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Lawyer who supplied 'chemsex' party drugs which killed his boyfriend is sentenced

media captionMiguel Jimenez was found dead in the flat of his boyfriend, barrister Henry Hendron.

A barrister whose teenage boyfriend died from a lethal cocktail of "chemsex" party drugs has been sentenced for drug possession.

Henry Hendron bought £1,000 worth of mephedrone and GBL from BBC producer Alex Parkin for parties at his City of London apartment, the court heard.

On 20 January, the 35-year-old lawyer woke to find his 18-year-old boyfriend, Miguel Jimenez, dead beside him.

Hendron has been sentenced to 140 hours of unpaid work after pleading guilty.

He was charged with two counts of possession with intent to supply.

Parkin, 41, from west London, also entered a guilty plea for supplying Hendron with the drugs.

He lost his job at the BBC two days later.

A post-mortem examination found the cause of Mr Jimenez's death was a lethal mix of mephedrone and GBL (gammabutyrolactone).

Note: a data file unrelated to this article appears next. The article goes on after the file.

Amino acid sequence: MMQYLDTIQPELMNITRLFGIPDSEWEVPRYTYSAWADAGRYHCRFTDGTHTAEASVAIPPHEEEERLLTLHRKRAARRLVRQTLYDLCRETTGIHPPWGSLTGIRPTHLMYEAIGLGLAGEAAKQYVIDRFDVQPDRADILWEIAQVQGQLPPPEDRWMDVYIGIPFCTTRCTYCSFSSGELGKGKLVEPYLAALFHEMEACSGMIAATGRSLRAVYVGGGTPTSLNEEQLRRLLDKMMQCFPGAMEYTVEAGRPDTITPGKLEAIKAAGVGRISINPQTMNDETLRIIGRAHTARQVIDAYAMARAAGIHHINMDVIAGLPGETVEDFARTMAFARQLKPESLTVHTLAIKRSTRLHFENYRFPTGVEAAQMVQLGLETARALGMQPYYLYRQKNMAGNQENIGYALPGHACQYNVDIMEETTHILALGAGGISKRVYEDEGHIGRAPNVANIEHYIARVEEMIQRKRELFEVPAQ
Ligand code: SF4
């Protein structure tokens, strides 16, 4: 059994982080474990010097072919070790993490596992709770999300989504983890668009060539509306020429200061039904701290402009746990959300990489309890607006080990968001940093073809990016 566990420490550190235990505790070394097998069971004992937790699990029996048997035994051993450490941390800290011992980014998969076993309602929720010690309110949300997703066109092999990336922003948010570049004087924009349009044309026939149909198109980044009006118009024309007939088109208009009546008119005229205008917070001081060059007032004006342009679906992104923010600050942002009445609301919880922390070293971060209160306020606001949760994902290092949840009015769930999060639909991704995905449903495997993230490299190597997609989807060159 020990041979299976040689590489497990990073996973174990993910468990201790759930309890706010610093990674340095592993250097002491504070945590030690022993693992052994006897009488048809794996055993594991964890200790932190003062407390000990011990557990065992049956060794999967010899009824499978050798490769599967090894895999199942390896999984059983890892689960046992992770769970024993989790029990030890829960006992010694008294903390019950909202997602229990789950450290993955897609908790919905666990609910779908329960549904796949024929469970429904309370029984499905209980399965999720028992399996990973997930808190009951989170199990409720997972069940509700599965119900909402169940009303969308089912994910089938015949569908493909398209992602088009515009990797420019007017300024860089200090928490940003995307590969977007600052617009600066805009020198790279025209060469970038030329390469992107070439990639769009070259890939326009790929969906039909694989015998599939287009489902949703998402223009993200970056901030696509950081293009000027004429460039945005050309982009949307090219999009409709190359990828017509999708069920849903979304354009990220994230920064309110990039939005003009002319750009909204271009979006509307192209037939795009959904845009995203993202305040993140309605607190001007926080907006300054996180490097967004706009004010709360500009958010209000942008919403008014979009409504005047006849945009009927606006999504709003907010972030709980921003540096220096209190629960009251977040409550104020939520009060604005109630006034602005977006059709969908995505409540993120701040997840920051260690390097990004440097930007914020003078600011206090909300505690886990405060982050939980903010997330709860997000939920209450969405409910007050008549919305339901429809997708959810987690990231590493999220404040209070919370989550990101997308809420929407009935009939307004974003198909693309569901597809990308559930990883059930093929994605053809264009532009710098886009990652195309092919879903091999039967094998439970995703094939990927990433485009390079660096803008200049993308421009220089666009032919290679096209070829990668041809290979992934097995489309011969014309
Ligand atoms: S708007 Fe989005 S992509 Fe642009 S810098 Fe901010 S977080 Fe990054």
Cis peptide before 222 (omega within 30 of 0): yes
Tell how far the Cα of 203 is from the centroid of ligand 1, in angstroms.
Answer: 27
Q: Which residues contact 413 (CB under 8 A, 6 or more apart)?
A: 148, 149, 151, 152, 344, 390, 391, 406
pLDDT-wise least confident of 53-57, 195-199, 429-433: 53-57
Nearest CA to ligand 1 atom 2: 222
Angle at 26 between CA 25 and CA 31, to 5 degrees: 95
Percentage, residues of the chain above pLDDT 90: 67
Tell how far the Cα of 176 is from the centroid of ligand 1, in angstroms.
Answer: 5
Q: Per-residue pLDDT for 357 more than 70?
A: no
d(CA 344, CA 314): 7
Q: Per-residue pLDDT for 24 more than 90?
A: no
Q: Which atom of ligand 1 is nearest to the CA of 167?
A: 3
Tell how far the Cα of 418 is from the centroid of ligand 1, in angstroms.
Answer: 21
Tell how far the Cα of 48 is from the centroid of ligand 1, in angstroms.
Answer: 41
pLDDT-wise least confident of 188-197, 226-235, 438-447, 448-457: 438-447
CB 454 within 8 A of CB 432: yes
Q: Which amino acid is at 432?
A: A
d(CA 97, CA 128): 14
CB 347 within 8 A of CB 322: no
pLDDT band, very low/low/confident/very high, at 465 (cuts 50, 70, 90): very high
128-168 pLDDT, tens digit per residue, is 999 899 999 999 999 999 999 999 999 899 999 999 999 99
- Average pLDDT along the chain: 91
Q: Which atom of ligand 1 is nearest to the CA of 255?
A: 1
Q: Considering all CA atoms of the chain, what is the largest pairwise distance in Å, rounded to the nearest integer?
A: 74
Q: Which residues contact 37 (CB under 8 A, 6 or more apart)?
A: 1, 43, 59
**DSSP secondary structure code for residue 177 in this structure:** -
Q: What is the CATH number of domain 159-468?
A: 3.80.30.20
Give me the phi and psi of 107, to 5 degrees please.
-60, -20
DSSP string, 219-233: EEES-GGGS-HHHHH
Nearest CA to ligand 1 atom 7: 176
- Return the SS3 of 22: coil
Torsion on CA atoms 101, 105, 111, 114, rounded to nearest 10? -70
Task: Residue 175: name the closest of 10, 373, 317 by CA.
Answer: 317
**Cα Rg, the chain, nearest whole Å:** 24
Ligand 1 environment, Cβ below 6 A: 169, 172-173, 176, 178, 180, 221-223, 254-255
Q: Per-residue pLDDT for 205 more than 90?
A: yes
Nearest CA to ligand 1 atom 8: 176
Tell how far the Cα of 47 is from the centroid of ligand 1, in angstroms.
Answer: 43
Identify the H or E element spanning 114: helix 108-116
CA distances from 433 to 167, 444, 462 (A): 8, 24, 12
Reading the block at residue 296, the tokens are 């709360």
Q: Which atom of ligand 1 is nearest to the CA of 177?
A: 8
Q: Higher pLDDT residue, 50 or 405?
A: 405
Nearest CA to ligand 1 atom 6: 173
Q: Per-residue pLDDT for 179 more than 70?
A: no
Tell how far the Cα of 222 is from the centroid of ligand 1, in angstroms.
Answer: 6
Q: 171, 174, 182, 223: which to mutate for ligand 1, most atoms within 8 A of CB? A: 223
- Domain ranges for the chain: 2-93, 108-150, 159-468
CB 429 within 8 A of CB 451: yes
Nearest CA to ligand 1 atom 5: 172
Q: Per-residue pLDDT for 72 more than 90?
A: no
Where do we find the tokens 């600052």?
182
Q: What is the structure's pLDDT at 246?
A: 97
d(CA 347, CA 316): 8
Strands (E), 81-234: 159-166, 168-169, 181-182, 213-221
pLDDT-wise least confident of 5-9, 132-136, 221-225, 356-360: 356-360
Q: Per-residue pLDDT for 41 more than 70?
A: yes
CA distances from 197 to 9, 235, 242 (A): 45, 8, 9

The Class B and Class C drugs were seized by police when they searched the couple's flat in Pump Court, Temple.

Text messages were recovered showing they discussed the drugs, with Mr Jimenez at one point exclaiming to his boyfriend: "Blimey - and I'm the Colombian."

The Old Bailey heard Hendron had admitted buying the drugs but only to share with his boyfriend and sell on to friends at cost price.

'Untimely death'

Investigators later linked him with BBC Radio 3 producer Parkin who was arrested at his home in Manchester Street.

In mitigation for Hendron, barrister Timothy Cray said the mother of Mr Jimenez had forgiven his client.

Lawyer Dominic Bell highlighted letters in support of Parkin from the controller of BBC Radio 3 and presenter Max Reinhardt.

Sentencing Hendron and Parkin to 140 and 200 hours unpaid work respectively, Judge Richard Marks QC said the pair were involved with "what has been described as the gay chemsex scene".

He said the "tragic and untimely death" of Miguel Jimenez had led both Hendron and Parkin to experience how "very dangerous unlawful drugs can be".

Related Topics

  • Drug use
  • City of London

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